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Women Make More Decisions in the Household Than Men and Make Most Purchasing Decisions

Women Make More Decisions in the Household Than Men and Make Most Purchasing Decisions

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Published by diligentpurpose
But the feminist movement keeps telling us that women are powerless and helpless.
But the feminist movement keeps telling us that women are powerless and helpless.

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Published by: diligentpurpose on Aug 24, 2013
Copyright:Attribution Non-commercial


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Women Call the Shots at Home;Public Mixed on Gender Roles inobs
They say it’s a man’s world. But in the typical American family, it’s the woman who wearsthe pantsuit.To explore decision-making in the typical American home, a Pew Research Centersurvey asked men and women living incouples which one generally makes thedecisions in four familiar areas of domestic life. Who decides what you do together on the weekend? Who manages the householdfinances? Who makes the decisions on bigpurchases for the home? And who most often
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decides what to watch on television?The survey finds that in 43% of all couples it’sthe woman who makes decisions in more areasthan the man. By contrast, men make more of the decisions in only about a quarter (26%) of all couples. And about three-in-ten couples(31%) split decision-making responsibilitiesequally.On a different topic related to gender and power, the survey asked whether people aremore comfortable dealing with a man or with a woman in a variety of positions of authority – doctor, banker, lawyer, police officer, airline pilot, school teacher and surgeon.Public attitudes are mixed. Among respondents who have a preference, men are favored insome roles (airline pilot, surgeon, police officer, lawyer); women in others (elementary school teacher, banker); and the public is evenly divided about whether its family doctorshould be a man or a woman. Notably, however, for all seven of these positions, a sizableshare of the public says it has no gender preference – ranging from the 33% who say thisabout teachers to the 54% who say it about surgeons.Taken together, these results complement earlier findings from a wide-ranging Pew survey that explored public attitudes toward men and women as political leaders, andexamined the roles that a candidate’s gender and parenthood status play in voters’decisions.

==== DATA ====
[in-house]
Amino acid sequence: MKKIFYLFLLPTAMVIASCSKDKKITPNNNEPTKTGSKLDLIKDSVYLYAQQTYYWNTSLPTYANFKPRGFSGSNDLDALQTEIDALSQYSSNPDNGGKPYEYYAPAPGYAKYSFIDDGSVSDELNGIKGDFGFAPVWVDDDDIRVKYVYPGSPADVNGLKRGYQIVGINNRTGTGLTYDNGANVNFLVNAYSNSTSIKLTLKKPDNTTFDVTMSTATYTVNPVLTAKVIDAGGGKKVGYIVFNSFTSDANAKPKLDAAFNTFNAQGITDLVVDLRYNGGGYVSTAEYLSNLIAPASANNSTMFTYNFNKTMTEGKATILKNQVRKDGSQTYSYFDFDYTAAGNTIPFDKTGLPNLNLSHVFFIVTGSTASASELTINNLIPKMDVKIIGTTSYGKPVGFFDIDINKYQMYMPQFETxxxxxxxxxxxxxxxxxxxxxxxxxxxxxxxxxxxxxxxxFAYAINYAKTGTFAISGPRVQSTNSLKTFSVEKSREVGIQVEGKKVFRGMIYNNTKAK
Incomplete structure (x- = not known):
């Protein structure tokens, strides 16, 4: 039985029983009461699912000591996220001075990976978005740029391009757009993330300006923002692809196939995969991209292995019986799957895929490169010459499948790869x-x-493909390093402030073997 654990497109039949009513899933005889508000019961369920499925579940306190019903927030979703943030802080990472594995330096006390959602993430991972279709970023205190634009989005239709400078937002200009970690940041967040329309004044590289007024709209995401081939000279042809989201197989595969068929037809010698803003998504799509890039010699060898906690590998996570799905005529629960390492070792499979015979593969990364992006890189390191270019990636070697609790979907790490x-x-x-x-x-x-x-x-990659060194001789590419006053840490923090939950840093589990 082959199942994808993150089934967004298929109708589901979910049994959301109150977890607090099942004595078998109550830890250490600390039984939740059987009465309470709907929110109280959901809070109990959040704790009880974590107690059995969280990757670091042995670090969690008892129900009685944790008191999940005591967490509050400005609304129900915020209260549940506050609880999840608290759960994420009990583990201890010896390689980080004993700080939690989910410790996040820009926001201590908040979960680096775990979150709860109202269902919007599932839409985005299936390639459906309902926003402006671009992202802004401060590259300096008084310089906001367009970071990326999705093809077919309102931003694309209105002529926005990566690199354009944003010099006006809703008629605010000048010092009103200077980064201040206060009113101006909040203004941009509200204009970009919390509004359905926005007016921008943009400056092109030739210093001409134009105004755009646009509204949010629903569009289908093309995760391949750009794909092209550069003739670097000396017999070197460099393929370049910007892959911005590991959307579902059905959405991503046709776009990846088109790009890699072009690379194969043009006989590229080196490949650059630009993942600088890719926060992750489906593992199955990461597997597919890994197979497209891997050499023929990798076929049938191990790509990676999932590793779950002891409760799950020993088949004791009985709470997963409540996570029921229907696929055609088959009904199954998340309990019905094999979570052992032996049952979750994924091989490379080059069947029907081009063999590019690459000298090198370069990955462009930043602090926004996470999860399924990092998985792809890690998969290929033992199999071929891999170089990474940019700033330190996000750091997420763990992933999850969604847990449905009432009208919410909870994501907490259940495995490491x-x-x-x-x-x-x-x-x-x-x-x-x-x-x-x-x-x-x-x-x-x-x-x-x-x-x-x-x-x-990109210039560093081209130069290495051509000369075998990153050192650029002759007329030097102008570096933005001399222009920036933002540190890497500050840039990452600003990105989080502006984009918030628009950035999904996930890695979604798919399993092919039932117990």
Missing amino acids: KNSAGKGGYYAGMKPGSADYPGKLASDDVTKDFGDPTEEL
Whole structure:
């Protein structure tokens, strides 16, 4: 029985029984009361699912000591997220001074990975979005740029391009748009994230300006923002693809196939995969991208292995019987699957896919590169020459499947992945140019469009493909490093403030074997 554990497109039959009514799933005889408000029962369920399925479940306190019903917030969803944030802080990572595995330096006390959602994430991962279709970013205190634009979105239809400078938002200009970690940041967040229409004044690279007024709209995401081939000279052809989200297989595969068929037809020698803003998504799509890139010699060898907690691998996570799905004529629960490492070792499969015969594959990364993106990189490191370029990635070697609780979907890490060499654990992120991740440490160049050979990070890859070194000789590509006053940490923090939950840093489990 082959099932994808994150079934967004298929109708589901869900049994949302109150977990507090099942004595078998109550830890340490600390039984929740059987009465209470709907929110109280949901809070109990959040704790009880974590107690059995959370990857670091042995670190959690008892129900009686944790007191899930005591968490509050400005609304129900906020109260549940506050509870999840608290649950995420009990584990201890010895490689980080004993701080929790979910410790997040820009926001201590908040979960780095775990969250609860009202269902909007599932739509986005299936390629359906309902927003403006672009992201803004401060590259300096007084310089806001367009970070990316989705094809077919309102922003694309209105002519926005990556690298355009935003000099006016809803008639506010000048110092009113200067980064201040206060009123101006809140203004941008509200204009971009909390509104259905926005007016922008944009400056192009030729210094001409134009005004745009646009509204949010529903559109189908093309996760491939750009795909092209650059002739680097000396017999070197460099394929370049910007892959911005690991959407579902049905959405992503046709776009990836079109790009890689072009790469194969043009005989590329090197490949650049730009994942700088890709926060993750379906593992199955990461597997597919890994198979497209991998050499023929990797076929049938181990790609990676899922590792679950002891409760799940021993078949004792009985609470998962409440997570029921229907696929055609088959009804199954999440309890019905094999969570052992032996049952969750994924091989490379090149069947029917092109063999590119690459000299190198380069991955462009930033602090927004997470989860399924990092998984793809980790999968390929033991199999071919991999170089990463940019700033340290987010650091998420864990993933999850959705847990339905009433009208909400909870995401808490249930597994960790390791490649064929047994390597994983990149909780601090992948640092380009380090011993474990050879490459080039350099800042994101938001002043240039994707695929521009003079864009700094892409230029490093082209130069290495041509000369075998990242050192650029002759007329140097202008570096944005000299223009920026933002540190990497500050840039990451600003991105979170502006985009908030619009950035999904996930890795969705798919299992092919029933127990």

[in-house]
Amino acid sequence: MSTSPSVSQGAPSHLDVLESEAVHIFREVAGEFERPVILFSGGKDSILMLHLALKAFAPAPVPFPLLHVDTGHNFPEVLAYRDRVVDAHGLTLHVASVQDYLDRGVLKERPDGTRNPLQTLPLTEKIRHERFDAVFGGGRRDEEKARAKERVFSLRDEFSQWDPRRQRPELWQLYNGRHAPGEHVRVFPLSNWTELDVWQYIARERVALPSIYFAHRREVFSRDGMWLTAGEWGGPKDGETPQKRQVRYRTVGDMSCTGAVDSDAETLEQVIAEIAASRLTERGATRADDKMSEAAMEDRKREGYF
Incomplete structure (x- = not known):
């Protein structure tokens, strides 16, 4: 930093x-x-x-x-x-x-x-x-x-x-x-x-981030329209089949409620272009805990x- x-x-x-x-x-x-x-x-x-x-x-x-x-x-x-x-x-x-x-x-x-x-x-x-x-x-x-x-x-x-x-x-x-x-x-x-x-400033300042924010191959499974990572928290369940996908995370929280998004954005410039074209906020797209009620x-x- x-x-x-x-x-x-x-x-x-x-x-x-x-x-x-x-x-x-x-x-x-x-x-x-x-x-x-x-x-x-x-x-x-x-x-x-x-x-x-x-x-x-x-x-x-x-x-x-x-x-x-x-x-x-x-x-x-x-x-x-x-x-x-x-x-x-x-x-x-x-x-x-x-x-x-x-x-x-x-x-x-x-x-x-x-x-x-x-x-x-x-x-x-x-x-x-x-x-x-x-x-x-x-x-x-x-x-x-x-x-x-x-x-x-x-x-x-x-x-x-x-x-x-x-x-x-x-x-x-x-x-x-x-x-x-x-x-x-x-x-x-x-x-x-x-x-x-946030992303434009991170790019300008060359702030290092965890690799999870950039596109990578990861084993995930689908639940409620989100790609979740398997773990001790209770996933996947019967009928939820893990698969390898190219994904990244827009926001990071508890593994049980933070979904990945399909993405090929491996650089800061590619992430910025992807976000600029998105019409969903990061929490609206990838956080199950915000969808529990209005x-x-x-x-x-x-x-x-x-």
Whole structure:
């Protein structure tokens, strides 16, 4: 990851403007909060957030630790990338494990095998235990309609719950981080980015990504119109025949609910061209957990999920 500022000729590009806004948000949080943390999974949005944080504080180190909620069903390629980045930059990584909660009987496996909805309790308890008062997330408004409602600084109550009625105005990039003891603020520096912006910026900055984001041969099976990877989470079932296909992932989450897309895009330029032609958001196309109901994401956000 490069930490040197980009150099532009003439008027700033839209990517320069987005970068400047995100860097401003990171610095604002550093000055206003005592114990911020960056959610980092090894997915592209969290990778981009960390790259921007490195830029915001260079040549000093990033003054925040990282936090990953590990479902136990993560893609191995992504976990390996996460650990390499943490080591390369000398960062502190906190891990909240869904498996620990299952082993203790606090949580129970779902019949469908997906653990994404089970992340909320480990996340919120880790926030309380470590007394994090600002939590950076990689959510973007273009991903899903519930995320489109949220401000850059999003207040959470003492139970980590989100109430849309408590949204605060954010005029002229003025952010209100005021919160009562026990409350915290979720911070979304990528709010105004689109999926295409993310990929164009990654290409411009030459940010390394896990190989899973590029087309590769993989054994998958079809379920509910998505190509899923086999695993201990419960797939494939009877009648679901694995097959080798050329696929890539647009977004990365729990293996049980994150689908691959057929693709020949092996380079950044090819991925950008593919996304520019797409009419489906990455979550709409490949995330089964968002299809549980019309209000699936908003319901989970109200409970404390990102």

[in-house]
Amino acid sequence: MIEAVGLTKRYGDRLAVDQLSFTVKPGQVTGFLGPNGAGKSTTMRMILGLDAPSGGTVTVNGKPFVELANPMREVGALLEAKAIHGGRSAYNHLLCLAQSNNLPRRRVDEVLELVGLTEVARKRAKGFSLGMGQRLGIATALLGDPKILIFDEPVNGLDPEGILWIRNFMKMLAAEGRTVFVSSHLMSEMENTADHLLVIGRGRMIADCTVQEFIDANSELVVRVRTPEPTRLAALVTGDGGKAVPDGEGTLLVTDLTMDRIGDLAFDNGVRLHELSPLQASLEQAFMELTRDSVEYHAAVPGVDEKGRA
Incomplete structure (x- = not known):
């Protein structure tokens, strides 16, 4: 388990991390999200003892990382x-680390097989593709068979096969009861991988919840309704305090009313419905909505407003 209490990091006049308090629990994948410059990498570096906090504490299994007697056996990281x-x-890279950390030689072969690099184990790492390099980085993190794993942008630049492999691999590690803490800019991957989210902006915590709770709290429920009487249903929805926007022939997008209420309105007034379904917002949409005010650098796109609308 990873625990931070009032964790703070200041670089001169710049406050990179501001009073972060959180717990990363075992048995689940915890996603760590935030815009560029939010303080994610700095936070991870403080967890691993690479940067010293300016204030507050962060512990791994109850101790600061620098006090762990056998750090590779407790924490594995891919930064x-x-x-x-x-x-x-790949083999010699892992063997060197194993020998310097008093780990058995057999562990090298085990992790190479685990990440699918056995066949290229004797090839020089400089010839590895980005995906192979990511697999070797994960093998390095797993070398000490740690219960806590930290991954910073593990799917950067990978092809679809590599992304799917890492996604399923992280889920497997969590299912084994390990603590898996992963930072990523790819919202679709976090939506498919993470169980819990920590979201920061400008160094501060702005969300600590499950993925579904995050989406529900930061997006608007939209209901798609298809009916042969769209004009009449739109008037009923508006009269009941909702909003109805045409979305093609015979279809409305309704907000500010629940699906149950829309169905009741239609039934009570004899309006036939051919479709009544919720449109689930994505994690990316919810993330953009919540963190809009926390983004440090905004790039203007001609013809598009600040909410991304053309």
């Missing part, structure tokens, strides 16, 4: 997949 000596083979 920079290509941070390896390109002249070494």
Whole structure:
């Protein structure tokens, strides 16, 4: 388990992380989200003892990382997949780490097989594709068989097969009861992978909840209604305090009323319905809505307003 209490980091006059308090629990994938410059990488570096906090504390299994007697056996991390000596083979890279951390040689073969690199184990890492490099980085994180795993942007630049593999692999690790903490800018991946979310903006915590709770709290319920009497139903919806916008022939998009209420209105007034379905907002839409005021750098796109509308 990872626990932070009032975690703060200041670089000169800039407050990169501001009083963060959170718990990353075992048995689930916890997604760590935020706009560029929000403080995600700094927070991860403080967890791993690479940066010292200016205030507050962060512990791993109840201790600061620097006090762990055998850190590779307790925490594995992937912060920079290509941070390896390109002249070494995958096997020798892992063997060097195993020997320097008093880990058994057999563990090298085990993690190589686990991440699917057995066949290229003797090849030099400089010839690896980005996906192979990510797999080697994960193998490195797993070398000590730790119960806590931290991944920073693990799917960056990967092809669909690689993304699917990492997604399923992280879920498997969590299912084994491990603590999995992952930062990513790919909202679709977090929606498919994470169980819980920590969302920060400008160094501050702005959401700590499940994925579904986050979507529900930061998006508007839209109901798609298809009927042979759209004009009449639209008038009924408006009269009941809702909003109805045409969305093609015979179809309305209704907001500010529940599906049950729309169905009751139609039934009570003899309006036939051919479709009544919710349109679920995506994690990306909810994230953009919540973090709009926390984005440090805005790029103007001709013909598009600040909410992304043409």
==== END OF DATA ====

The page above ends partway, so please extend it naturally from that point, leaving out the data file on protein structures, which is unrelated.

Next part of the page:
Who’s the Decider at Home?
The questions about who calls the shots in differentrealms of domestic life were asked of 1,260 respondents who were married or living as a couple. For eachquestion, respondents were asked if they or theirpartner generally has the final say in decision-making.They were not explicitly asked whether they generally share decisions – though this response was recorded if it was volunteered. And it proved to be a very commonresponse. About half of all respondents said that they ointly decide or that there’s no fixed pattern when itcomes to decisions about shared weekend activities and buying big things for the home. About four-in-ten saidthe same about deciding what to watch on television, andabout one-in-three said the same about managing thehousehold finances.Only one partner – the respondent – was interviewed;his or her answer was accepted as an accuratecharacterization of that couple’s decision-making. Responses were coded to indicate whether the man or the woman in the respondent’s couple makes most of the decisions, or whether the decisions are shared. For example, if a female respondent answered that she was mostly responsible for deciding on weekend plans, she was coded as being part of acouple in which the woman makes most of these decisions. If she said her partner mostly chooses what they would do, she was coded as being in a couple in which the man has themost say.The responses to the four questions were then analyzed together to determine whether, on balance, the man or the woman in the respondent’s couple made the decisions in moreareas, or whether both partners played an equal role.3

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